Cognition and 20-year subsequent sleep disturbances

Nancy A. West, Dayna A. Johnson, Pamela L. Lutsey, Thomas H. Mosley, Susan Redline

Research output: Contribution to journalArticlepeer-review

1 Scopus citations


Introduction: There is a paucity of data exploring the extent that preclinical cognitive changes are predictive of subsequent sleep outcomes. Methods: Logistic regression models were used to evaluate data from a cohort of 196 African American adults who had measures of cognitive function assessed at 2 time points during a 20-year period across the mid- to late-life transition. Cognitive testing included the Delayed Word Recall, the Digit Symbol Substitution, and the Word Fluency tests, which were summarized as a composite cognitive z-score. Sleep apnea was measured by in-home sleep apnea testing and sleep duration and quality were derived from 7-day wrist actigraphy at the end of the study period. Results: A one standard deviation (SD) lower composite cognitive z-score at baseline was significantly associated with greater odds of low sleep efficiency (<85%) (odds ratio [OR] = 1.85, 95% confidence interval [CI] = 1.13, 3.04) and greater odds of increased wakefulness after sleep onset time (WASO; >60 minutes) (OR = 1.65, 95% CI = 1.05, 2.60) in adjusted models. A one SD faster rate of cognitive decline over the study period was significantly associated with greater odds of low sleep efficiency (OR = 1.68, 95% CI = 1.04, 2.73), greater odds of sleep fragmentation (>35%); (OR = 1.73, 95% CI = 1.05, 2.85), and greater odds of increased WASO (OR = 1.85, 95% CI = 1.15, 2.95) in adjusted models. Neither baseline cognitive z-score nor rate of cognitive decline was associated with sleep apnea or the total average sleep duration. Conclusion: Cognition at baseline and change over time predicts sleep quality and may reflect common neural mechanisms and vulnerabilities.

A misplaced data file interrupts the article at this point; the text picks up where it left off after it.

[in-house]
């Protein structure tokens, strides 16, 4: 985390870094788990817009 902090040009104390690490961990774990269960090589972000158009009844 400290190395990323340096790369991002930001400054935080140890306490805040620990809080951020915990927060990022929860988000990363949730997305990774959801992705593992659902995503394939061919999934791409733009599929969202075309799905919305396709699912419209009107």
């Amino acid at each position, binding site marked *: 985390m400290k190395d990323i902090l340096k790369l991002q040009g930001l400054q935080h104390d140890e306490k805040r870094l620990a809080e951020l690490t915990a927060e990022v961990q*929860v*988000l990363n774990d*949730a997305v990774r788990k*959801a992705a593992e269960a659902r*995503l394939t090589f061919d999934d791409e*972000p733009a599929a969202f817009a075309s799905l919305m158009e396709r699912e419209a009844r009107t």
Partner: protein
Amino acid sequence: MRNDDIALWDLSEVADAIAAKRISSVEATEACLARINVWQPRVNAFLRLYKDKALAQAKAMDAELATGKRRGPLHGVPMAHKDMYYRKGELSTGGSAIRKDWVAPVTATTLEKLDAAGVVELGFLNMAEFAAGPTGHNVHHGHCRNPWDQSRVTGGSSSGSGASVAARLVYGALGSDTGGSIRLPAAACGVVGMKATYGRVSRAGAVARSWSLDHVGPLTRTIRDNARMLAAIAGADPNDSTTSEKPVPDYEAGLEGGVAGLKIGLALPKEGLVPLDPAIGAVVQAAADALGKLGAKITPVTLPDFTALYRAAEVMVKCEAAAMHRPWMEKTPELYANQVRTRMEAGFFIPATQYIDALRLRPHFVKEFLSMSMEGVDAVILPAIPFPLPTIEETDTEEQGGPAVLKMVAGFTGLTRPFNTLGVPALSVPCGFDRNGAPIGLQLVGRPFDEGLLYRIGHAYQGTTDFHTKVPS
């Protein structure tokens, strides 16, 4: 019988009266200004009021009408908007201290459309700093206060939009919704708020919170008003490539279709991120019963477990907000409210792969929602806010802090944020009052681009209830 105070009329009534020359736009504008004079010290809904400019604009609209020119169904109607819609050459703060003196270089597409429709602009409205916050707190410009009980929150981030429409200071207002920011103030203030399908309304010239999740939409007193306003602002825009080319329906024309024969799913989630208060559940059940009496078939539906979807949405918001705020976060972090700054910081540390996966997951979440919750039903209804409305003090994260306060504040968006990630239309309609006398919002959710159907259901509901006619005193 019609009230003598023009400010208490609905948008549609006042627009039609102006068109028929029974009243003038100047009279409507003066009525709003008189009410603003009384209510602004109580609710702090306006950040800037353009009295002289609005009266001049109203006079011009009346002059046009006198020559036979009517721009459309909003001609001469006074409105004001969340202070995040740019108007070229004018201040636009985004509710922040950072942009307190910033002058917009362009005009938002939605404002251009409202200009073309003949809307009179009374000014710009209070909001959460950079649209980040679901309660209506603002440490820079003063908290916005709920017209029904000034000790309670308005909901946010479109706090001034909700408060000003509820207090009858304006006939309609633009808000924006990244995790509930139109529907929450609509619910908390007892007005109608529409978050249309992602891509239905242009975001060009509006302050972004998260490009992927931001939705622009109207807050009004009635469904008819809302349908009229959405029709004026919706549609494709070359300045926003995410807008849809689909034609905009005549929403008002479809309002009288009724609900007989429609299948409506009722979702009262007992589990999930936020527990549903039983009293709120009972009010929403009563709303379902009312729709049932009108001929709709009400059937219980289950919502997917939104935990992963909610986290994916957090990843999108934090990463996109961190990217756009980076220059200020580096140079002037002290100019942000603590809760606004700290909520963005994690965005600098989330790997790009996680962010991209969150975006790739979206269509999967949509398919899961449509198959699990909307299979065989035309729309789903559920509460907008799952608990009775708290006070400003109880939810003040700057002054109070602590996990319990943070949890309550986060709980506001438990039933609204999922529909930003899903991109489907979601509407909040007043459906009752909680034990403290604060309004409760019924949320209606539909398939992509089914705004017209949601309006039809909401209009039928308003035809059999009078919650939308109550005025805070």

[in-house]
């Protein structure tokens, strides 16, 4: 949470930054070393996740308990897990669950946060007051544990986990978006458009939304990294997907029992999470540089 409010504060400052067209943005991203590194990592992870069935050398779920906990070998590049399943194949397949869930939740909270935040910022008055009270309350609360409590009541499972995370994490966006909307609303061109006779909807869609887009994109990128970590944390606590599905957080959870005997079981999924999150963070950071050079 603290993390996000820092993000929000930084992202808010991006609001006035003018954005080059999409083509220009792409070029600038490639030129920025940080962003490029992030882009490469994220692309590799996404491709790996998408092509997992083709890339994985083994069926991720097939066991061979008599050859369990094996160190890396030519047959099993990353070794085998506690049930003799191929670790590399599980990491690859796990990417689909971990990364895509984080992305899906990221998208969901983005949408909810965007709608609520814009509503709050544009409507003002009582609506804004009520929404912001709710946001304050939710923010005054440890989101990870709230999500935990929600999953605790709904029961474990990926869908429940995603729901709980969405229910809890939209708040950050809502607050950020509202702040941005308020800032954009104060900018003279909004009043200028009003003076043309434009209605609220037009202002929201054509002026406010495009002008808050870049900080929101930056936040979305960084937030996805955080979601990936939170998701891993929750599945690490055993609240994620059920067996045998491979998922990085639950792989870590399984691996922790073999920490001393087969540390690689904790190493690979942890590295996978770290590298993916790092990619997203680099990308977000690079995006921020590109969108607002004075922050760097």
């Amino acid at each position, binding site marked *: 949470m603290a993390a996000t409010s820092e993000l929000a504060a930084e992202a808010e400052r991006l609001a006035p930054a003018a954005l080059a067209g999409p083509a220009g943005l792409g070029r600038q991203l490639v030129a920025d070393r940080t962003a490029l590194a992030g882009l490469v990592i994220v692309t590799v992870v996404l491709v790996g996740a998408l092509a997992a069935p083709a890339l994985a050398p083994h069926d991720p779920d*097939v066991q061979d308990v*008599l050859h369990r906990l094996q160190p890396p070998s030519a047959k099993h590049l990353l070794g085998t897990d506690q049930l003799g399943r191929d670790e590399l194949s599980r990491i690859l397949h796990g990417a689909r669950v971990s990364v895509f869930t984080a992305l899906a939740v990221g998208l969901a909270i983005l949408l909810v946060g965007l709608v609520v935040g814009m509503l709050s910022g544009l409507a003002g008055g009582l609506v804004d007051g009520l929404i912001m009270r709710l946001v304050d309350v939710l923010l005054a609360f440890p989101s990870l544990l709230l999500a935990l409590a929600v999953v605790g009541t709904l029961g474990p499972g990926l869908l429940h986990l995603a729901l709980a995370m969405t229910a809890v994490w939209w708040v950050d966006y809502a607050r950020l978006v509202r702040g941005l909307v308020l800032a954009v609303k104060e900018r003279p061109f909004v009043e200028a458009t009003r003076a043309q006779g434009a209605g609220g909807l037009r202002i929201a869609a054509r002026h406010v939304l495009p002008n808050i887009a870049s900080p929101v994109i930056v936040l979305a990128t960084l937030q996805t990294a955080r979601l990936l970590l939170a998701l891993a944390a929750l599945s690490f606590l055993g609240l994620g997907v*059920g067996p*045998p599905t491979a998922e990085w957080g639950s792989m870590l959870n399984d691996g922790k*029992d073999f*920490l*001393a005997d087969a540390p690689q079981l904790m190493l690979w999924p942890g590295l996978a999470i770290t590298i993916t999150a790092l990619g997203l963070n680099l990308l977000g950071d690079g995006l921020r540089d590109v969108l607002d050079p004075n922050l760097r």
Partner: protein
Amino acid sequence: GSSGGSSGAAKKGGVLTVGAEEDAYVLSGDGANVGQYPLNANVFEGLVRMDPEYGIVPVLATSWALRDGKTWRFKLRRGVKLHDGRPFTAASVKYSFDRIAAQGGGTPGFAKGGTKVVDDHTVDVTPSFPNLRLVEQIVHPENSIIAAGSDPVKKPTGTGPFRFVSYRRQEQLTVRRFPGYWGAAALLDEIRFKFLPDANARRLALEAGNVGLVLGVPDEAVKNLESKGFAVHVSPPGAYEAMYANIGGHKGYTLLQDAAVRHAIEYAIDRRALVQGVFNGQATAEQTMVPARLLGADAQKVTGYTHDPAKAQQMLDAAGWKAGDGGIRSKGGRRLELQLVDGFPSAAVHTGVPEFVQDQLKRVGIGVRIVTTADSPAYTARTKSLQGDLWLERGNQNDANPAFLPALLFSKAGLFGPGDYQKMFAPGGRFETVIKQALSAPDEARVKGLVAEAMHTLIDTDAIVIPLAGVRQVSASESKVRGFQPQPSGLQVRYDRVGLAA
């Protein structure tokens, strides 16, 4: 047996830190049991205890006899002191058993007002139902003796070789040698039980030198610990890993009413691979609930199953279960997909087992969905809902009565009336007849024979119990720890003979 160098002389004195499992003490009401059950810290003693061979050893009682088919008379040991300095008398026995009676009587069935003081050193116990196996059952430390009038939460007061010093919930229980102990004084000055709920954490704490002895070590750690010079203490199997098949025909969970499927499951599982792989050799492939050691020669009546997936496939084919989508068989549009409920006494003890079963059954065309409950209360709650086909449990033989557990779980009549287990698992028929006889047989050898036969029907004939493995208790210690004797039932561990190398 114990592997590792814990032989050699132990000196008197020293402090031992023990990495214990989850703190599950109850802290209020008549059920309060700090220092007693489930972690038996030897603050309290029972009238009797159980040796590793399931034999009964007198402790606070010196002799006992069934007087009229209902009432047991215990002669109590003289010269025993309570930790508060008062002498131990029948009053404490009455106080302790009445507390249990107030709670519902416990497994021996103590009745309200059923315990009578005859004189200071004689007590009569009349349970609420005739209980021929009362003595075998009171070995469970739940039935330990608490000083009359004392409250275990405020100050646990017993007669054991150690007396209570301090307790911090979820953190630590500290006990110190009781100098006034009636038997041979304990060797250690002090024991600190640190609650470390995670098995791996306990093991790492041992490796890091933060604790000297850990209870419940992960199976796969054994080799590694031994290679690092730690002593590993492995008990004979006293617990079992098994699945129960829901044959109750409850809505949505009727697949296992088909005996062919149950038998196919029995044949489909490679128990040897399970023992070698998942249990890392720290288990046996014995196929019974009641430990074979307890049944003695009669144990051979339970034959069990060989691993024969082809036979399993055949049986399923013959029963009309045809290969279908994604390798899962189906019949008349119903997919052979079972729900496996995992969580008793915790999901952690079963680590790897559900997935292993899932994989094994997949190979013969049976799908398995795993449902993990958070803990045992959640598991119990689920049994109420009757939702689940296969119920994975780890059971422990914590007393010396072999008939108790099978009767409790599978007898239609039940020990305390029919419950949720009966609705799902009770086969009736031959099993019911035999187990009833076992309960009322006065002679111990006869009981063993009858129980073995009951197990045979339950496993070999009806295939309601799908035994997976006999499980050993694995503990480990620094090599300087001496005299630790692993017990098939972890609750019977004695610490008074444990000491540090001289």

Original languageEnglish (US)
Pages (from-to)631-637
Number of pages7
JournalSleep Health
Issue number5
Early online dateMar 6 2021
StatePublished - Oct 2021

Bibliographical note

Funding Information:
This work was supported by the National Heart, Lung, and Blood Institute [ R01HL110068 ]. The Jackson Heart Study is supported and conducted in collaboration with Jackson State University [ HHSN268201800013I ], Tougaloo College [ HHSN268201800014I ], the Mississippi State Department of Health [ HHSN268201800015I ], and the University of Mississippi Medical Center HHSN268201800010I , HHSN268201800011I , and HHSN268201800012I contracts from the National Heart, Lung, and Blood Institute and the National Institute on Minority Health and Health Disparities . SR was supported in part by 5R35HL135818 and DJ was supported in part by K01HL138211 .

Funding Information:
The Atherosclerosis Risk in Communities study has been funded in whole or in part with Federal funds from the National Heart, Lung, and Blood Institute , National Institutes of Health , and Department of Health and Human Services , under Contract nos. HHSN268201700001I , HHSN268201700002I , HHSN268201700003I , HHSN268201700005I , and HHSN268201700004I .

Publisher Copyright:
© 2021 National Sleep Foundation


  • Cognition
  • Cognitive decline
  • Longitudinal analysis
  • Sleep
  • Sleep disturbances

PubMed: MeSH publication types

  • Journal Article
  • Research Support, N.I.H., Extramural


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